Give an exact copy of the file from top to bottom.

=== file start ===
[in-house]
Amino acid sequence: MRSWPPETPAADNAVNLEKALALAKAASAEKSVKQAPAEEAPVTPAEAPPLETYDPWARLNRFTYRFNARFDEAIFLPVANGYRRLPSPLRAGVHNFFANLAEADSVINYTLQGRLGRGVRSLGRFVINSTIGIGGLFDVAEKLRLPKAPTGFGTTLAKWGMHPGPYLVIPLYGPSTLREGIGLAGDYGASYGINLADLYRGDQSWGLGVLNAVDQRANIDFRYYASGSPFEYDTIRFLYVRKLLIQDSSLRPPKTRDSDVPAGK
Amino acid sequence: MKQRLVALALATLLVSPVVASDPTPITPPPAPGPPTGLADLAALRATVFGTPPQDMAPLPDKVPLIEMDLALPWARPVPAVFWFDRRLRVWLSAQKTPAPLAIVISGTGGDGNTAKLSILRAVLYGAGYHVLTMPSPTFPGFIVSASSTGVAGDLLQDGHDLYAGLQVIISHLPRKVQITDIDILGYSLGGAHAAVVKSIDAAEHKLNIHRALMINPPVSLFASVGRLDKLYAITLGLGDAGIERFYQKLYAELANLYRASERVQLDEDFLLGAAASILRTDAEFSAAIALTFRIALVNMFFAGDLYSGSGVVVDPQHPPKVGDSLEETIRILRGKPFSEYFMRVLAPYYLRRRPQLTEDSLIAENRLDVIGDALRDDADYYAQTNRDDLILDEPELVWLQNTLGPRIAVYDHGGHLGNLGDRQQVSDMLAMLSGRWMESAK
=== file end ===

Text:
[in-house]
Amino acid sequence: MRSWPPETPAADNAVNLEKALALAKAASAEKSVKQAPAEEAPVTPAEAPPLETYDPWARLNRFTYRFNARFDEAIFLPVANGYRRLPSPLRAGVHNFFANLAEADSVINYTLQGRLGRGVRSLGRFVINSTIGIGGLFDVAEKLRLPKAPTGFGTTLAKWGMHPGPYLVIPLYGPSTLREGIGLAGDYGASYGINLADLYRGDQSWGLGVLNAVDQRANIDFRYYASGSPFEYDTIRFLYVRKLLIQDSSLRPPKTRDSDVPAGK
Amino acid sequence: MKQRLVALALATLLVSPVVASDPTPITPPPAPGPPTGLADLAALRATVFGTPPQDMAPLPDKVPLIEMDLALPWARPVPAVFWFDRRLRVWLSAQKTPAPLAIVISGTGGDGNTAKLSILRAVLYGAGYHVLTMPSPTFPGFIVSASSTGVAGDLLQDGHDLYAGLQVIISHLPRKVQITDIDILGYSLGGAHAAVVKSIDAAEHKLNIHRALMINPPVSLFASVGRLDKLYAITLGLGDAGIERFYQKLYAELANLYRASERVQLDEDFLLGAAASILRTDAEFSAAIALTFRIALVNMFFAGDLYSGSGVVVDPQHPPKVGDSLEETIRILRGKPFSEYFMRVLAPYYLRRRPQLTEDSLIAENRLDVIGDALRDDADYYAQTNRDDLILDEPELVWLQNTLGPRIAVYDHGGHLGNLGDRQQVSDMLAMLSGRWMESAK